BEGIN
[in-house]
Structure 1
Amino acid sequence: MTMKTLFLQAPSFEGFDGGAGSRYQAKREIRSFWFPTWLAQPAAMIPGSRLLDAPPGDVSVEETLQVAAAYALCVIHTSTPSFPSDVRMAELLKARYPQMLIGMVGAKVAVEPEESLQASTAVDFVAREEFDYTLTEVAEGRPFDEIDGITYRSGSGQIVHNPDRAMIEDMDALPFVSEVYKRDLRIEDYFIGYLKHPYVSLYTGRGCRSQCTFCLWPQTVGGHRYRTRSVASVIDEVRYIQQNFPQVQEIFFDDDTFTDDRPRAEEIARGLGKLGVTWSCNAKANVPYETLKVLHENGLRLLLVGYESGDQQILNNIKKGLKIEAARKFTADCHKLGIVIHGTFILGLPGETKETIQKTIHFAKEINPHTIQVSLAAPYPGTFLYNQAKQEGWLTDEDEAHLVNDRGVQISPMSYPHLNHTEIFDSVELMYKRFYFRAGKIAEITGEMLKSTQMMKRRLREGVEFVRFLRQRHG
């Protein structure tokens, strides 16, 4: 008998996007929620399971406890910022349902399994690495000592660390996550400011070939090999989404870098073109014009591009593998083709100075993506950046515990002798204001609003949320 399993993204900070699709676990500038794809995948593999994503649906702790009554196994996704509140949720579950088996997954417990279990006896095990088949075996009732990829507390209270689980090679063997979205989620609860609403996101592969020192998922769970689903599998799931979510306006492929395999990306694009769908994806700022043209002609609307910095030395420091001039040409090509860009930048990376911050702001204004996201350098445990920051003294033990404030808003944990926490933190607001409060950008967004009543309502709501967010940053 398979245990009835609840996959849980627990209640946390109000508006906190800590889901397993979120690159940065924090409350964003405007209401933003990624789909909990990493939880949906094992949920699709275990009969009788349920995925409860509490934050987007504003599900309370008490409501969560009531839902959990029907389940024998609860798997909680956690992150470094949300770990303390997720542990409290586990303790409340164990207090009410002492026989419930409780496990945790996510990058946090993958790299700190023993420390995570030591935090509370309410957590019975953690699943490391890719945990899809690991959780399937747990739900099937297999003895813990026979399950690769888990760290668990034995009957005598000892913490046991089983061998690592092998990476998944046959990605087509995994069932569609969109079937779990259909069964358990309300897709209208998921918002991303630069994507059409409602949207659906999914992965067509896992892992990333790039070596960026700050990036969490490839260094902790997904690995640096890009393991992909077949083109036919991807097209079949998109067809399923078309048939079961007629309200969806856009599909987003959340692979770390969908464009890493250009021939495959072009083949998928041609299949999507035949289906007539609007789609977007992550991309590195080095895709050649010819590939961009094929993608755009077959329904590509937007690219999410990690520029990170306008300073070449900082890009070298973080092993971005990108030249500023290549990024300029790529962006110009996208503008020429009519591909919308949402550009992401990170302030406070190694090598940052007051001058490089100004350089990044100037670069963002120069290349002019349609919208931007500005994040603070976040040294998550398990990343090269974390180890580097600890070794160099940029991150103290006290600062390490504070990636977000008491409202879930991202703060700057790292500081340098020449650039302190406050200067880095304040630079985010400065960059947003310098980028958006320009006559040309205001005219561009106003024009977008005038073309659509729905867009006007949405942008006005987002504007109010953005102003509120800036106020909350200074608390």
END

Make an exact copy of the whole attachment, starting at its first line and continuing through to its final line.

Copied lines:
[in-house]
Structure 1
Amino acid sequence: MTMKTLFLQAPSFEGFDGGAGSRYQAKREIRSFWFPTWLAQPAAMIPGSRLLDAPPGDVSVEETLQVAAAYALCVIHTSTPSFPSDVRMAELLKARYPQMLIGMVGAKVAVEPEESLQASTAVDFVAREEFDYTLTEVAEGRPFDEIDGITYRSGSGQIVHNPDRAMIEDMDALPFVSEVYKRDLRIEDYFIGYLKHPYVSLYTGRGCRSQCTFCLWPQTVGGHRYRTRSVASVIDEVRYIQQNFPQVQEIFFDDDTFTDDRPRAEEIARGLGKLGVTWSCNAKANVPYETLKVLHENGLRLLLVGYESGDQQILNNIKKGLKIEAARKFTADCHKLGIVIHGTFILGLPGETKETIQKTIHFAKEINPHTIQVSLAAPYPGTFLYNQAKQEGWLTDEDEAHLVNDRGVQISPMSYPHLNHTEIFDSVELMYKRFYFRAGKIAEITGEMLKSTQMMKRRLREGVEFVRFLRQRHG
């Protein structure tokens, strides 16, 4: 008998996007929620399971406890910022349902399994690495000592660390996550400011070939090999989404870098073109014009591009593998083709100075993506950046515990002798204001609003949320 399993993204900070699709676990500038794809995948593999994503649906702790009554196994996704509140949720579950088996997954417990279990006896095990088949075996009732990829507390209270689980090679063997979205989620609860609403996101592969020192998922769970689903599998799931979510306006492929395999990306694009769908994806700022043209002609609307910095030395420091001039040409090509860009930048990376911050702001204004996201350098445990920051003294033990404030808003944990926490933190607001409060950008967004009543309502709501967010940053 398979245990009835609840996959849980627990209640946390109000508006906190800590889901397993979120690159940065924090409350964003405007209401933003990624789909909990990493939880949906094992949920699709275990009969009788349920995925409860509490934050987007504003599900309370008490409501969560009531839902959990029907389940024998609860798997909680956690992150470094949300770990303390997720542990409290586990303790409340164990207090009410002492026989419930409780496990945790996510990058946090993958790299700190023993420390995570030591935090509370309410957590019975953690699943490391890719945990899809690991959780399937747990739900099937297999003895813990026979399950690769888990760290668990034995009957005598000892913490046991089983061998690592092998990476998944046959990605087509995994069932569609969109079937779990259909069964358990309300897709209208998921918002991303630069994507059409409602949207659906999914992965067509896992892992990333790039070596960026700050990036969490490839260094902790997904690995640096890009393991992909077949083109036919991807097209079949998109067809399923078309048939079961007629309200969806856009599909987003959340692979770390969908464009890493250009021939495959072009083949998928041609299949999507035949289906007539609007789609977007992550991309590195080095895709050649010819590939961009094929993608755009077959329904590509937007690219999410990690520029990170306008300073070449900082890009070298973080092993971005990108030249500023290549990024300029790529962006110009996208503008020429009519591909919308949402550009992401990170302030406070190694090598940052007051001058490089100004350089990044100037670069963002120069290349002019349609919208931007500005994040603070976040040294998550398990990343090269974390180890580097600890070794160099940029991150103290006290600062390490504070990636977000008491409202879930991202703060700057790292500081340098020449650039302190406050200067880095304040630079985010400065960059947003310098980028958006320009006559040309205001005219561009106003024009977008005038073309659509729905867009006007949405942008006005987002504007109010953005102003509120800036106020909350200074608390």